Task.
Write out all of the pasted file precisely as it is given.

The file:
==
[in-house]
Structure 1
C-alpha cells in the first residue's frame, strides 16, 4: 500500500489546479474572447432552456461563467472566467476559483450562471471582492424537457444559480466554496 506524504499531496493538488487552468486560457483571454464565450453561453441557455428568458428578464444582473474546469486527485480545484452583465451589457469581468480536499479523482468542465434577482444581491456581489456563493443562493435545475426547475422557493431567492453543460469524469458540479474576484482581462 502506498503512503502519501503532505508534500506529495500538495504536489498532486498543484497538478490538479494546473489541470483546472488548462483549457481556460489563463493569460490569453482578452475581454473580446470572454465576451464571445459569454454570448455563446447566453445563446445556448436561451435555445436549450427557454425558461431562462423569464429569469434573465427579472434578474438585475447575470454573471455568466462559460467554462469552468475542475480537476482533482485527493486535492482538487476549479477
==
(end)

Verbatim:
[in-house]
Structure 1
C-alpha cells in the first residue's frame, strides 16, 4: 500500500489546479474572447432552456461563467472566467476559483450562471471582492424537457444559480466554496 506524504499531496493538488487552468486560457483571454464565450453561453441557455428568458428578464444582473474546469486527485480545484452583465451589457469581468480536499479523482468542465434577482444581491456581489456563493443562493435545475426547475422557493431567492453543460469524469458540479474576484482581462 502506498503512503502519501503532505508534500506529495500538495504536489498532486498543484497538478490538479494546473489541470483546472488548462483549457481556460489563463493569460490569453482578452475581454473580446470572454465576451464571445459569454454570448455563446447566453445563446445556448436561451435555445436549450427557454425558461431562462423569464429569469434573465427579472434578474438585475447575470454573471455568466462559460467554462469552468475542475480537476482533482485527493486535492482538487476549479477